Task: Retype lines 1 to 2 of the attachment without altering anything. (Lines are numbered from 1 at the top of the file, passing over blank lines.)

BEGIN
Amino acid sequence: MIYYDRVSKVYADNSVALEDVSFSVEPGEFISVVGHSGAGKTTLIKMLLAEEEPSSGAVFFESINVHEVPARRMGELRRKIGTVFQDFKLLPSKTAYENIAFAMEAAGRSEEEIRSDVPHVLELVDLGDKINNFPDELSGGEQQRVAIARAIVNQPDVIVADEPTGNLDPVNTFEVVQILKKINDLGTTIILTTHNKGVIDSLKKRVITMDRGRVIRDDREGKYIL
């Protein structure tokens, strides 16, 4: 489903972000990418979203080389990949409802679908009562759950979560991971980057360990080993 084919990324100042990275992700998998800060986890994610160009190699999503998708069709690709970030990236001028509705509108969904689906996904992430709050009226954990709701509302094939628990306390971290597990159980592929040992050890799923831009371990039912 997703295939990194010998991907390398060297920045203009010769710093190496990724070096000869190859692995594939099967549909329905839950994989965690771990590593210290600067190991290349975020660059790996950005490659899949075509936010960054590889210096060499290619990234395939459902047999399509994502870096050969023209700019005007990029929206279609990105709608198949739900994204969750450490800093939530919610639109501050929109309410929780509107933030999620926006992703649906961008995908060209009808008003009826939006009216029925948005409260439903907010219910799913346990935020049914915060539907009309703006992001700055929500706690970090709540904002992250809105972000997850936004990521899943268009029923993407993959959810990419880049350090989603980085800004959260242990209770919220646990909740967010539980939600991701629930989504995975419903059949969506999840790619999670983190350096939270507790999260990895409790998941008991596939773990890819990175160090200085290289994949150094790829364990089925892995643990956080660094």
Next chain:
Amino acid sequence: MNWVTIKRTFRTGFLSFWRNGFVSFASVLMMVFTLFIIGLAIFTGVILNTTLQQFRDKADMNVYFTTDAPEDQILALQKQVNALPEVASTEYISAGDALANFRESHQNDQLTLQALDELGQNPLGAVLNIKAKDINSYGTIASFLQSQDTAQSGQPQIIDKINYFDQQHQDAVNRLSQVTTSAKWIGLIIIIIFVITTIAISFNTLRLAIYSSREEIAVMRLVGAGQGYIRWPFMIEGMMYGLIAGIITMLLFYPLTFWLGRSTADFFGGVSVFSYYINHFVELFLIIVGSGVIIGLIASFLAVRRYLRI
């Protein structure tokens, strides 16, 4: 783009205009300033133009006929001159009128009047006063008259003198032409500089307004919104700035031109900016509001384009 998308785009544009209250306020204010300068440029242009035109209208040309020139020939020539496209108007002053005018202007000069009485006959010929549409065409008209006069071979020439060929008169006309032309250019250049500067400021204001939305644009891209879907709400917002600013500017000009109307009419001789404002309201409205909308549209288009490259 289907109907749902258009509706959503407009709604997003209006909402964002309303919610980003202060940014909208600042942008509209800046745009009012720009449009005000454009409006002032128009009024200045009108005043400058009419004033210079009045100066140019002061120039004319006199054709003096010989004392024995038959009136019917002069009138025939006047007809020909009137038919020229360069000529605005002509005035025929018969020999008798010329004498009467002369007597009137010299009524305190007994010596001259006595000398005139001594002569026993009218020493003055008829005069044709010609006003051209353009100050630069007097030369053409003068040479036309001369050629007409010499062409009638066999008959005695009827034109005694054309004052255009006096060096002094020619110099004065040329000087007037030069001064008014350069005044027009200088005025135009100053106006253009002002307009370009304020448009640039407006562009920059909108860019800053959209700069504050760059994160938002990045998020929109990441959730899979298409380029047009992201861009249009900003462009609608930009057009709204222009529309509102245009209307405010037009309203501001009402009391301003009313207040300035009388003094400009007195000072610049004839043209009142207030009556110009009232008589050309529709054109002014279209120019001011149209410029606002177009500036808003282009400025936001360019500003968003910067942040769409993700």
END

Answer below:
Amino acid sequence: MIYYDRVSKVYADNSVALEDVSFSVEPGEFISVVGHSGAGKTTLIKMLLAEEEPSSGAVFFESINVHEVPARRMGELRRKIGTVFQDFKLLPSKTAYENIAFAMEAAGRSEEEIRSDVPHVLELVDLGDKINNFPDELSGGEQQRVAIARAIVNQPDVIVADEPTGNLDPVNTFEVVQILKKINDLGTTIILTTHNKGVIDSLKKRVITMDRGRVIRDDREGKYIL
């Protein structure tokens, strides 16, 4: 489903972000990418979203080389990949409802679908009562759950979560991971980057360990080993 084919990324100042990275992700998998800060986890994610160009190699999503998708069709690709970030990236001028509705509108969904689906996904992430709050009226954990709701509302094939628990306390971290597990159980592929040992050890799923831009371990039912 997703295939990194010998991907390398060297920045203009010769710093190496990724070096000869190859692995594939099967549909329905839950994989965690771990590593210290600067190991290349975020660059790996950005490659899949075509936010960054590889210096060499290619990234395939459902047999399509994502870096050969023209700019005007990029929206279609990105709608198949739900994204969750450490800093939530919610639109501050929109309410929780509107933030999620926006992703649906961008995908060209009808008003009826939006009216029925948005409260439903907010219910799913346990935020049914915060539907009309703006992001700055929500706690970090709540904002992250809105972000997850936004990521899943268009029923993407993959959810990419880049350090989603980085800004959260242990209770919220646990909740967010539980939600991701629930989504995975419903059949969506999840790619999670983190350096939270507790999260990895409790998941008991596939773990890819990175160090200085290289994949150094790829364990089925892995643990956080660094």